Tracey - posted on 01/11/2010 ( 1 mom has responded )
Living with a seizure disorder can sometimes pose some added challenges to our everyday living. And whether you are looking after someone with this disorder or are the one who is living with it, sometimes dealing with a memory loss can become one of these many challenges.
A large number of individuals affected by a seizure disorder will likely experience some memory loss. Memory loss can sometimes be a brutal side effect from both the seizures themselves and the anti-epileptic medications. A variety of factors can affect permanent or long term memory loss. Some of the factors will depend on things like the severity of one’s seizures, the number of seizures one is continually experiencing, the amount or type of medication being taken, and age when seizures began.
Repeated severe seizures can damage the underlying brain tissue. Therefore, many individuals who suffer from uncontrolled Epilepsy show cognitive deficits, particularly memory deficits due to damage to the medial temporal lobe. And those who suffer over time will more than likely notice it. Whether it’s short-term or long-term, those memories just seem to ‘fall out of the brain’. This often causes one to become frustrated and in some cases, depression can set in.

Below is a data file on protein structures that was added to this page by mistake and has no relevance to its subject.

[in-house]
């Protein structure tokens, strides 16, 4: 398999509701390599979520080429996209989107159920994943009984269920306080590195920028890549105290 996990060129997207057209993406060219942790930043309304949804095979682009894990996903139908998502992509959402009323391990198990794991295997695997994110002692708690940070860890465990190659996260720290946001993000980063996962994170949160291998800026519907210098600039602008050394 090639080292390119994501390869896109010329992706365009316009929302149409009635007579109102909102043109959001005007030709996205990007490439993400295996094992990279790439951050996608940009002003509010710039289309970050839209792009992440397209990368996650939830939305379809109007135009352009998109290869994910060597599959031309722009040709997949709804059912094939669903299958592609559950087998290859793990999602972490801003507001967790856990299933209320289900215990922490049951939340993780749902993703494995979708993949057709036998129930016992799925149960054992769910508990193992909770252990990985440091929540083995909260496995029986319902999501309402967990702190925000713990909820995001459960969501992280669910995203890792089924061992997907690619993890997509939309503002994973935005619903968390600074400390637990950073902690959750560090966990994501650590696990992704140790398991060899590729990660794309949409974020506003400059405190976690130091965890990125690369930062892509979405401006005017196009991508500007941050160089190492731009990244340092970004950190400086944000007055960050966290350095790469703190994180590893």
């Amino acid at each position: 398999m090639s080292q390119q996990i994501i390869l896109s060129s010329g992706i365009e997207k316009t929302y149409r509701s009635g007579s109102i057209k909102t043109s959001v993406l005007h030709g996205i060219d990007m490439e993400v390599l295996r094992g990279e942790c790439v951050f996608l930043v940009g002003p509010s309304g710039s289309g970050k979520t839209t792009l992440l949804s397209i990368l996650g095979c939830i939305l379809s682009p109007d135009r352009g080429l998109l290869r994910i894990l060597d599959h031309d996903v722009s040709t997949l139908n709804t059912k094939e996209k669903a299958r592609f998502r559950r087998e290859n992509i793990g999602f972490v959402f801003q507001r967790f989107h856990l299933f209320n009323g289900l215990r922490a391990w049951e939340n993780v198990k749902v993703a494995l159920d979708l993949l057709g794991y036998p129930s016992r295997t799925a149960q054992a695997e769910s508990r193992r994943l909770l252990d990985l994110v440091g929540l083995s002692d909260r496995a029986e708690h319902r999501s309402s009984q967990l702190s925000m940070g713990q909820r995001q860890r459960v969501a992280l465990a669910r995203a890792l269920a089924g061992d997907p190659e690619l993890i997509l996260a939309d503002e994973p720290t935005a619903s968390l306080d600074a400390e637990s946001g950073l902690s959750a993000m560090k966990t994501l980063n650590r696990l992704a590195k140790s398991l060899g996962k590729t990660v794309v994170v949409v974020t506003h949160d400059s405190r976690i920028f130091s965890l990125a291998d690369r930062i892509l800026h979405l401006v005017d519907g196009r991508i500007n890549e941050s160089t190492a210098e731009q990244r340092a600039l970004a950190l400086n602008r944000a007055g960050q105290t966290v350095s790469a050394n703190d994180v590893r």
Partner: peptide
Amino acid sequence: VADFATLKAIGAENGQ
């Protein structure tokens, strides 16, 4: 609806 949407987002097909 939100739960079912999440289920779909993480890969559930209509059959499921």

So, how do you stay sharp and help your memory to work better? First, you must never leave home without a small journal or notebook to record bits ’n’pieces of everyday. Then be sure to keep track of names of people and places, phone calls, bills due, tasks performed; to-do lists, accomplishments at work/school/home. Track your favorite things; literally jot down point form notes on everything. This memory-push, can be helpful, if you maintain it. And it will take some effort, but if you struggle to remember things, this will take less effort and be less of a burden over the long haul!
By Tracey Alderson
Administrator, Epilepsy Awareness 2009
** The degree of memory loss experienced is on an individual basis. And the notes herein are only meant to explain that some people with seizure disorders can and do experience some memory loss due to their disorder.